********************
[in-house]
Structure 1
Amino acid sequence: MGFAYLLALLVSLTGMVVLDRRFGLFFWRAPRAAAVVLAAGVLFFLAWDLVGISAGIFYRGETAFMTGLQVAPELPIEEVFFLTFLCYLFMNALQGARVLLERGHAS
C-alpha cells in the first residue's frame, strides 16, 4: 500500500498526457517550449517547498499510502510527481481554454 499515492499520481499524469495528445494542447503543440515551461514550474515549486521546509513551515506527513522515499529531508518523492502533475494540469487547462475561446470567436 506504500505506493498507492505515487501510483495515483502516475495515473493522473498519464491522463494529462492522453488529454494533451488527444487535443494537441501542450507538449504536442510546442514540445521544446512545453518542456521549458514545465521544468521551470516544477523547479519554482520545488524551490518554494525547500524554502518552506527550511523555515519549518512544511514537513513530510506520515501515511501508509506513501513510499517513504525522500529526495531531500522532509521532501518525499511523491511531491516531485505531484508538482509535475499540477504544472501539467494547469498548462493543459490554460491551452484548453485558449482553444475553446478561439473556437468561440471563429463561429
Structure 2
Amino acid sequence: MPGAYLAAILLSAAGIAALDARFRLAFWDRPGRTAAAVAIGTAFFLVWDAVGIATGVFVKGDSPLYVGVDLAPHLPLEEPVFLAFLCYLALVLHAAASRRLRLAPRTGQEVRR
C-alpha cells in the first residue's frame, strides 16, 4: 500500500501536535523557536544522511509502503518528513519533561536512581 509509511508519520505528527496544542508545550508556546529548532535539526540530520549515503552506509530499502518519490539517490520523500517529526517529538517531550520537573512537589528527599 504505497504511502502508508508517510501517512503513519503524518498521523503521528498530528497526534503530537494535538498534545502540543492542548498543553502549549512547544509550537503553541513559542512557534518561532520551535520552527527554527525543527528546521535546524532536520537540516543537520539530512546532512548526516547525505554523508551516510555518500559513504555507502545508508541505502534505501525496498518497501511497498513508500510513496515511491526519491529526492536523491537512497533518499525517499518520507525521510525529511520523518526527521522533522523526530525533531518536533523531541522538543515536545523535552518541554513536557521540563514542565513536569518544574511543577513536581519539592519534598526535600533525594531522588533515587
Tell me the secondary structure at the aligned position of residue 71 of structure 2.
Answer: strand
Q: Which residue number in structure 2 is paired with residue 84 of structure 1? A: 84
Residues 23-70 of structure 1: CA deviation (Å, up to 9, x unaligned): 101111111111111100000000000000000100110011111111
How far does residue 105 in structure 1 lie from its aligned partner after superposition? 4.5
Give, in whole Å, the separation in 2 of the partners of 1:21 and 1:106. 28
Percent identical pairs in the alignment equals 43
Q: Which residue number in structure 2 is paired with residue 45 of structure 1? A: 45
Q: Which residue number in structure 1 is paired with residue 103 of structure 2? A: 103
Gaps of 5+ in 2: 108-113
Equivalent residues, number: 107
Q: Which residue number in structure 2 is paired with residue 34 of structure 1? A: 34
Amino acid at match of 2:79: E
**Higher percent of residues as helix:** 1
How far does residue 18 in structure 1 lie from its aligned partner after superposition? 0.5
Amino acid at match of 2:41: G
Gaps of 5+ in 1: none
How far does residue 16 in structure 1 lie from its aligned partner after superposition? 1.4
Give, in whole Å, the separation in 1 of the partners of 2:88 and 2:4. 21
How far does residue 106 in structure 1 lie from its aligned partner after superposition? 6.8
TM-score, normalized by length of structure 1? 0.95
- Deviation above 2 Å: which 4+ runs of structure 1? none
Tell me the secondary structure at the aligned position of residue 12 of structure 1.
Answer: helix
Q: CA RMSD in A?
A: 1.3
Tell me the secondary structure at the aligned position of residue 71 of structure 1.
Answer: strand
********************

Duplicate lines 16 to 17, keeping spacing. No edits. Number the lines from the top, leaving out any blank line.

Q: Which residue number in structure 1 is paired with residue 103 of structure 2? A: 103
Gaps of 5+ in 2: 108-113